When the Princess Leaney arrived at Ancona on the following day, and found no Mansana there to greet her at the railway station, she was seized by a sudden indefinable apprehension. Hurrying to the telegraph-office she sent him an anxiously worded despatch, which testified to her alarm. She went home, and waited for the answer, her fears gaining ground as the minutes went by. At length a messenger arrived with the money that had been paid for the reply to the telegram, and the information that the message could not be delivered, as Captain Mansana had quitted the town.

At this her fears completely overwhelmed her. The self-reproach, under which she had lived for days, assumed mountainous proportions, and its shadow seemed to blot out all other thoughts. She must find him wherever he was, talk to him, care for him, yes, and nurse him, if, as she gravely feared, there was need for that. The same evening, with one servant only in attendance, she was on the platform of the railway station.

At dawn of the next day she was pacing backwards and forwards at the junction where the train from the West was to be met. She paid no attention to her few fellow-travellers, in whom, however, her self-absorption added to the interest and curiosity she aroused as she swept by them in her restless walk to and fro, with her long white fur cloak thrown back over her shoulders, and her loose hair and floating veil tangled together below her fur cap. In her large, wide-opened eyes, and in the whole face, there was the tense expression of overwrought emotion and exhaustion. In her walk she several times passed a tall lady, very simply dressed, who was looking intently into the luggage van, round which a busy little group had collected. Once, just as Theresa passed the group, an officer came up and spoke a few words to the lady, and in answer to a question addressed to him by one of the railway officials, replied with the word "Mansana."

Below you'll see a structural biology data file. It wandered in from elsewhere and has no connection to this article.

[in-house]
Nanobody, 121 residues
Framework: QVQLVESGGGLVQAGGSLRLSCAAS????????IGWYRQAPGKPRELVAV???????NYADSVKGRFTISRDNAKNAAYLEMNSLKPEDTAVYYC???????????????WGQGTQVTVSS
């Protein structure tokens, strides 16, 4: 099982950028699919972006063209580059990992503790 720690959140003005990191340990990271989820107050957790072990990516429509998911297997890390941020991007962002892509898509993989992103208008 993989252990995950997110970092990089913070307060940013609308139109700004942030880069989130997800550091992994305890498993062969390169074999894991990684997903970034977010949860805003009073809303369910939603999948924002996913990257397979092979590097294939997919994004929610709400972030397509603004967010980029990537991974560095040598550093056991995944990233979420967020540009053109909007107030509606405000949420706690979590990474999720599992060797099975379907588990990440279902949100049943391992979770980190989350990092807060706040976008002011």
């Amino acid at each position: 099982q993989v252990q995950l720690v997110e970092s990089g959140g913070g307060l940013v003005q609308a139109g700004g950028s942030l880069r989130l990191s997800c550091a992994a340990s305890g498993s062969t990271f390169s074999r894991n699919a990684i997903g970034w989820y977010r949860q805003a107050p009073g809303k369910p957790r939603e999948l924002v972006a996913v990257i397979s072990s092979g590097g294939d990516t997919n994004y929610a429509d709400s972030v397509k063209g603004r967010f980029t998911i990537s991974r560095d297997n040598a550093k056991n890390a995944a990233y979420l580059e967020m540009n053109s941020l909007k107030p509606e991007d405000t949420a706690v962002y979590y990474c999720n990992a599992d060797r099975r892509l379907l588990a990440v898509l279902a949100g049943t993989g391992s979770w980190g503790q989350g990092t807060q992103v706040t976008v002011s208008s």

The princess started.

"Mansana?" she cried. "What----"

"Princess Leaney?" exclaimed the officer, in accents of astonishment, as he saluted her.

"Is it you, Major Sardi?" she answered, and added hastily: "But Mansana? What of him? You mentioned his name."

"Yes. This is his mother."

The Major presented the younger lady to the elder. As the mother drew her veil aside, the calm, noble face that was revealed filled Theresa with an instant sense of confidence and strength. She threw herself into the lady's arms as if she had found there a haven of refuge from all her storms of anxiety and distress, and burst into a convulsive fit of weeping.

The Signora Mansana said nothing, but she soothed the agitated girl with a few gentle and caressing touches of her hand, and stood waiting quietly till her passion had spent itself and she had regained her self-possession. Presently Theresa was sufficiently composed to ask where Mansana was.

"That," answered the elder lady calmly, "we none of us know."

"But we hope to find out before long," added the Major.

White as a sheet, Theresa sprang up, and looked from one to another.

"Tell me," she cried; "what is it that has happened?"

Thoughtful and composed, the older woman, who had been through so much of storm and stress, said quietly:

"We have the same journey before us, I imagine. Let us get a carriage to ourselves, and then we can talk matters over, and consider what is best to be done."

The suggestion was gratefully accepted and acted upon.

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CHAPTER XIIIThe Brandinis had sought refuge in the house of Nina Borghi, the old man's sister, and the mother of Luigi, and it so happened that the train by which they fled was the same in which the hero Luigi also took his flight. It was, however, only early the next morning, at a station, just as Luigi was leaving the train, that they discovered each other. The unexpected sight of them so put Luigi off his balance, he would have passed them without speaking, but that the old man seized him by the arm and obliged him to listen to
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CHAPTER XIThat same evening, Amanda's curiosity was stirred by receiving a letter conveyed to her with every appearance of precaution. She struck a light, and found that it came from Luigi--the first he had ever sent to her--and thus it ran: "MY AMANDA,--There is a madman in pursuit of me, and he threatens my life. An hour ago he got me to swear solemnly, and to put my hand to the oath, that I would renounce all pretensions to you, and never even speak to you again. I was a poltroon to submit to it. I know that well enough, and